What are the impacts of a well-managed supply chain?

Performance measurements have a way of getting our attention, don’t they? But sometimes they have us focusing on the short-term – or on the wrong thing.

We could all generally agree, I’m sure, that inventory levels that are too low will result in lost sales, and inventory levels that are too high will create unnecessary carrying costs, potential obsolescence, disposals, discounting and margin loss, etc.

Sometimes a lack of appropriate systems causes us to hesitate to drive inventory down, or we are averse to the risk of losing throughput (customer shipments) or increasing operating expense (backorders).

What results? We cling to inventory as a security blanket to protect us against the complexities and disruptions of our operations and the vagaries of customer demand. We ignore or don’t seek out new leverage points to produce a different result.

There are some generally held opinions about our supply chains that, I think, need to be refuted. It requires different thinking. Just keeping inventories in the supply chain, high, to protect sales is not an approach (a correct one).

What drives us in the wrong direction?

First, it’s the concept of “efficiencies.” You’ve heard it before; what gets measured improves or gets done. Ask a distribution manager. He/she will tell you that company inventory is providing for 99.5%  fill-rate or on-time delivery or some other familiar measure. Those performance measurements communicate the “health” of the measurement. Why not shoot for 100% fill-rate then? Why not encourage the behavior? Better for the company, right?

Secondly, there’s the “financials.” Inventory in the western world is considered an asset. Is it really?

Next are “the vagaries of forecasting.” Everyone tells you that “most forecasts are a best guess” (even the ones with fancy algorithms). We all know that we will have excess inventory of some items and stock-outs of others. The longer the forecasts look out into the future, the worse the answer becomes – proportionately larger excesses of inventory and stock-outs. The same holds true as we expand a product SKU to more stocking locations.

Sometimes we hold to the rule that it’s a bigger sin to lose sales than to hold high inventories – in other words, protect sales at all costs.

Next, the “desire to protect sales” is not impacted just by inaccurate forecasts. Suppliers sometimes are at fault, transportation may be disrupted, etc. It all results in unreliable lead times. So, increasing inventory levels will protect us against this by reducing the effects of the variations in lead time.

Next, “sometimes suppliers push,” meaning, pushing more inventories into the supply chain. A lot of companies are drawn in by the aggressive discounts they are offered. Sometimes only the most cash-strapped ones resist. Generally, there is always an ongoing effort to push inventory to the next level in the supply chain. What causes this push behavior? I think it’s the illusion that, sales from one supply chain link to the other is seen as creating throughput -  a good thing(?). Combine all of this with the other “inventory drivers,” and the result is often too much of the wrong products and not enough of the right products.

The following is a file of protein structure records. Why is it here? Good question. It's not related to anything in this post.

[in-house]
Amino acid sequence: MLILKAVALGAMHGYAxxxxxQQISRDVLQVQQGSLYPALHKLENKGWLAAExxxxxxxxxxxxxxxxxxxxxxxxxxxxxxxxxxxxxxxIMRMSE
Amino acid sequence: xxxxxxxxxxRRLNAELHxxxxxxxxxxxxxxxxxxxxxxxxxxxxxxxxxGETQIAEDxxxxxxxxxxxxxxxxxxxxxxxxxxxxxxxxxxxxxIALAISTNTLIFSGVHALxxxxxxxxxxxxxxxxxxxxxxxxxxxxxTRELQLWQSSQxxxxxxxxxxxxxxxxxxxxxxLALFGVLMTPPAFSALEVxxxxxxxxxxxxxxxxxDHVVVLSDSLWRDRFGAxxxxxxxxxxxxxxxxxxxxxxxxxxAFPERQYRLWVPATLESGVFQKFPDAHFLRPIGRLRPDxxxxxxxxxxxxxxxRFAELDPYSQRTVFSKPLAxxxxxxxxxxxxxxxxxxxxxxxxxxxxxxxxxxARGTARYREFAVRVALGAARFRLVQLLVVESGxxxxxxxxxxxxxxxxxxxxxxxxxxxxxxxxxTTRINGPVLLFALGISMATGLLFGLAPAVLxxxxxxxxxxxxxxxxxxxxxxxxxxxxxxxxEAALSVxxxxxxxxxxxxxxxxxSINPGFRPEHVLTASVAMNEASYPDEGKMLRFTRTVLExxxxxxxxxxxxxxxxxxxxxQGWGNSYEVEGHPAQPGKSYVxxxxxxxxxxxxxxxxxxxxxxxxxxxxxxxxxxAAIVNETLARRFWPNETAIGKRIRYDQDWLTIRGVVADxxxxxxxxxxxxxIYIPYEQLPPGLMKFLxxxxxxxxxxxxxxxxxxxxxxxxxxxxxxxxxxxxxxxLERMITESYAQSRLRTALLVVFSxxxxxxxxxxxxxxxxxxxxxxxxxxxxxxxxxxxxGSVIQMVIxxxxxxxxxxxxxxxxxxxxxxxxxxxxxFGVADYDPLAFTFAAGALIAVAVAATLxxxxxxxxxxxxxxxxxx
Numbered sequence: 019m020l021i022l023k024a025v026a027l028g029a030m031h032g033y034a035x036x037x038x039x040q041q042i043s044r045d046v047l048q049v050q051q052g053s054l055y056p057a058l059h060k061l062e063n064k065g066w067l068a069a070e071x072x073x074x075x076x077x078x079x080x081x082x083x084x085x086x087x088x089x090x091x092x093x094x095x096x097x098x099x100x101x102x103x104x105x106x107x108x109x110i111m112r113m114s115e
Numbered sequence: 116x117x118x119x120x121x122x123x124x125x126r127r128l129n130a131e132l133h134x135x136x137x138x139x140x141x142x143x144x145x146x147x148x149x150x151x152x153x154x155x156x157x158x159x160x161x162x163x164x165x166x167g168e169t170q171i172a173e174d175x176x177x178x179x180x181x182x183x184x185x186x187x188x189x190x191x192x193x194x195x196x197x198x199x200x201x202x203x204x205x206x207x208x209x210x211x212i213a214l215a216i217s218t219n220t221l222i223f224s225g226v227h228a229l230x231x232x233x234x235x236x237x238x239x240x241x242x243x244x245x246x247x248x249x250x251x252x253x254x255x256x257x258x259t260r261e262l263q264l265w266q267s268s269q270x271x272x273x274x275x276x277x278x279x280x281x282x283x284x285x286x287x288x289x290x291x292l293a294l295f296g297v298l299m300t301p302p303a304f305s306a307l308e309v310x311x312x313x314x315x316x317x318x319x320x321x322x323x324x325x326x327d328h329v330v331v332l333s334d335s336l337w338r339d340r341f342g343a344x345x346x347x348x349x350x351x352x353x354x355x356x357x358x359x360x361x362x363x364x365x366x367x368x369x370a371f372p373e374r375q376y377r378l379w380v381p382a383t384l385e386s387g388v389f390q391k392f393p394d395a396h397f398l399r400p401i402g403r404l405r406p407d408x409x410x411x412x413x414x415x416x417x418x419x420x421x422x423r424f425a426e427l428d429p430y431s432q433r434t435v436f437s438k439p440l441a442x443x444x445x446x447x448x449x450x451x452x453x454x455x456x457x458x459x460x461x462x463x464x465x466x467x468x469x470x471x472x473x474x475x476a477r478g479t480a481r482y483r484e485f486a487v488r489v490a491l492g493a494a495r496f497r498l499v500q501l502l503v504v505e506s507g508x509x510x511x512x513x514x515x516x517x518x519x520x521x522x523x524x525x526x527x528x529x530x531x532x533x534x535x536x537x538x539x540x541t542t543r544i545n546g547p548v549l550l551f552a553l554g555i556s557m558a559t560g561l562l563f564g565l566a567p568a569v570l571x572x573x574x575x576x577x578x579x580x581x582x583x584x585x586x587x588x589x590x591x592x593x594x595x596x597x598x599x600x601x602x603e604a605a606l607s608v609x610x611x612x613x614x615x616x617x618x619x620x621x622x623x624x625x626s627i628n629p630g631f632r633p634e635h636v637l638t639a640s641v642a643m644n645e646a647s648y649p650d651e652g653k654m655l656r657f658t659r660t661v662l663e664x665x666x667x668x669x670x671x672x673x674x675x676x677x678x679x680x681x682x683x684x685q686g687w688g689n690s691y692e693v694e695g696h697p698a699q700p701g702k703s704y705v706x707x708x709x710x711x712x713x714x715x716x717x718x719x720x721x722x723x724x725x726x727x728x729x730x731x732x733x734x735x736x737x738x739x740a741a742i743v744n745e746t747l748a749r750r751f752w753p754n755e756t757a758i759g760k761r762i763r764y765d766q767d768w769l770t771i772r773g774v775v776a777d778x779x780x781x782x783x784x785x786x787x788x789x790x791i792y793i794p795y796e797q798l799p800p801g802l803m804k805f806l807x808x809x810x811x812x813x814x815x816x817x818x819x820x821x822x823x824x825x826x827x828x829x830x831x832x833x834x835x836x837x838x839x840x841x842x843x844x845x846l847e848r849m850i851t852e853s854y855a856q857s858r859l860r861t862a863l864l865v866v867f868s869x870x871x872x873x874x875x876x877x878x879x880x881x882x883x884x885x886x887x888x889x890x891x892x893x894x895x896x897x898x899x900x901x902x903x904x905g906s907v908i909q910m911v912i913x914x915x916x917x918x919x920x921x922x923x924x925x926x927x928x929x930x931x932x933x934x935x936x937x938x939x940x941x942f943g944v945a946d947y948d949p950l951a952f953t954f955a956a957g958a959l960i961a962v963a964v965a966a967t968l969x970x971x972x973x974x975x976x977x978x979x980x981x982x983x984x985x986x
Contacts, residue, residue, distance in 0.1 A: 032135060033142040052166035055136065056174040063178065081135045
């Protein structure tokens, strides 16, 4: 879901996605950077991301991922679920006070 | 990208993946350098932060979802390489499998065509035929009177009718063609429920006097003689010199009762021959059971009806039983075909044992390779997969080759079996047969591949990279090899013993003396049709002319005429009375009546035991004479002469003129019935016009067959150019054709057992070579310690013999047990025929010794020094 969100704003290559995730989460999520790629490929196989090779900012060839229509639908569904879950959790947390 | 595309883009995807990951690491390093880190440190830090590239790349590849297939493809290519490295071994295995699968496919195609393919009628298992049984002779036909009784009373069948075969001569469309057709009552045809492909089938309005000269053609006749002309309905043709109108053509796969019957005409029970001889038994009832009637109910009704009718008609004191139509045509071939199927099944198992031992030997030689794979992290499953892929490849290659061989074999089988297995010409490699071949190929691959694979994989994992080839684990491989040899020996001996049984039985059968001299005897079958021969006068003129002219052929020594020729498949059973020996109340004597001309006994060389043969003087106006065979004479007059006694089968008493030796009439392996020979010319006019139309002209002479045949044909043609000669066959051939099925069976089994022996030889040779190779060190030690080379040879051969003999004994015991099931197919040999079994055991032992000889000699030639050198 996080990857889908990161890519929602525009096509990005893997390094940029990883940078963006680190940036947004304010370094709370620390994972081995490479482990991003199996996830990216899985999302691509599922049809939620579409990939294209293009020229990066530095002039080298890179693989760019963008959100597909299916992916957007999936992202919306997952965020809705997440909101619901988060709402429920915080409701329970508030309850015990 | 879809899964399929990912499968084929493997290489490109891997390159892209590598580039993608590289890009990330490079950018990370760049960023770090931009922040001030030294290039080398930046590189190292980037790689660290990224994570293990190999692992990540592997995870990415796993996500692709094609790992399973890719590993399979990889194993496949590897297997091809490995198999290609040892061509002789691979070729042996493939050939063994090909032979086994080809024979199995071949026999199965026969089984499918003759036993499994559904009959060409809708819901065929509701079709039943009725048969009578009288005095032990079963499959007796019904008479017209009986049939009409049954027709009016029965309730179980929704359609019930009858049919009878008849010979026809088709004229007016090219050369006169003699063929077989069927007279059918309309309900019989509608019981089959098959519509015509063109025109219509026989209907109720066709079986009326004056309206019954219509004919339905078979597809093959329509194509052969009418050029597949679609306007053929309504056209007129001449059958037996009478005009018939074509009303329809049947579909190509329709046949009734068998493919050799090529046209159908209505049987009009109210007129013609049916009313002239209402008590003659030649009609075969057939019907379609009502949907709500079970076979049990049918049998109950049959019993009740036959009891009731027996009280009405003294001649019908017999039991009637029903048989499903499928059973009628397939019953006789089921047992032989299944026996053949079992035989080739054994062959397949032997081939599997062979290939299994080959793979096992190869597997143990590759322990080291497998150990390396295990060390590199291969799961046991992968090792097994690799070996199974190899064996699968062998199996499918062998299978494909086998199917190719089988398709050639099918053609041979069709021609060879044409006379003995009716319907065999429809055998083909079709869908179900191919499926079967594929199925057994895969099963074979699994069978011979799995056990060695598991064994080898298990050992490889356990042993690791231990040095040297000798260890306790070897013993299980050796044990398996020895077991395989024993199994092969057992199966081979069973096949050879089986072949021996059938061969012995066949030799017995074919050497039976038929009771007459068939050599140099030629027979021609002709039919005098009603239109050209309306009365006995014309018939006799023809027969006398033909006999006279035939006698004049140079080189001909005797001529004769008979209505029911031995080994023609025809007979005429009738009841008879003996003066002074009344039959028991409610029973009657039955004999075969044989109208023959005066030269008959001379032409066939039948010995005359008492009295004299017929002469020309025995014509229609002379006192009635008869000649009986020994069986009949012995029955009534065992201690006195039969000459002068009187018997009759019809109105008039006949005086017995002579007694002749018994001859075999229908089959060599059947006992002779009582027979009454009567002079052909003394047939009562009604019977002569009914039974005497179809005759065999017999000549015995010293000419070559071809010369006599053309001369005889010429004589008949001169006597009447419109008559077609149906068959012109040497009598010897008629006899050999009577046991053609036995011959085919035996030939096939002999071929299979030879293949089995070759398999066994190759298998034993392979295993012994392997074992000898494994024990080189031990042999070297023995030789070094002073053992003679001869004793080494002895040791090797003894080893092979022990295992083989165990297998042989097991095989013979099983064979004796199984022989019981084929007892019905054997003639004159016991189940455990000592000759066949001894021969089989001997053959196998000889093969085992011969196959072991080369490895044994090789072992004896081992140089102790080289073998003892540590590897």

Financial impacts

It’s generally accepted that the main effect inventory has on the bottom line is the carrying cost of the inventory. It’s not the only thing though, nor is it necessarily the greatest factor. Others include:

  • High levels of cash required
  • Inventory takes up space – increasing warehouse and management expense
  • Obsolete or slow-moving product to dispose of - reduces margins
  • Extra time it takes to count inventory
  • Inventory at the wrong location – increases transfer costs

The answer

So, is keeping high inventory levels the lesser of two evils? Of course it isn’t. What about changing the way we view the supply chain? Not as independent links striving to only increase their own throughput, their own bottom line, their own performance measures. 
At the risk of using an overused term – there needs to be a “win-win” answer. Say hello to the philosophy of “As long as the end user/consumer has not bought, we have not sold a thing.” Adopt that across the supply chain. We must be “pulling” inventory (not “pushing”) as close as possible to its actual demand, or actual consumption, by the end user.  There are a variety of well-proven methods to accomplish just that and go to the core of managing your inventory drivers.
They all lead to a well managed supply chain:

  • Shorter replenishment lead times
  • Correct products in stock at the correct location
  • Quicker reaction to changing demand
  • Less obsolescence, discounting and disposal
  • Overall reduced operating cost

Let me know if I can be of help in answering any of your supply chain planning questions.    

MCA Associates, a management consulting firm since 1986, works with wholesale distribution and manufacturing companies that seek and are committed to operational excellence. A staff of senior consultants provides operational excellence – thought leadership — and implements continuous improvement solutions focused on business processes, inventory and supply chain management, distribution center/warehouse design and productivity improvement, sales development and revenue generation, information systems and technology, and organizational assessment and development including family-business succession planning. Contact MCA at 203-732-0603, or by email at hcoleman@mcaassociates.com. Visit our website at www.mcaassociates.com.

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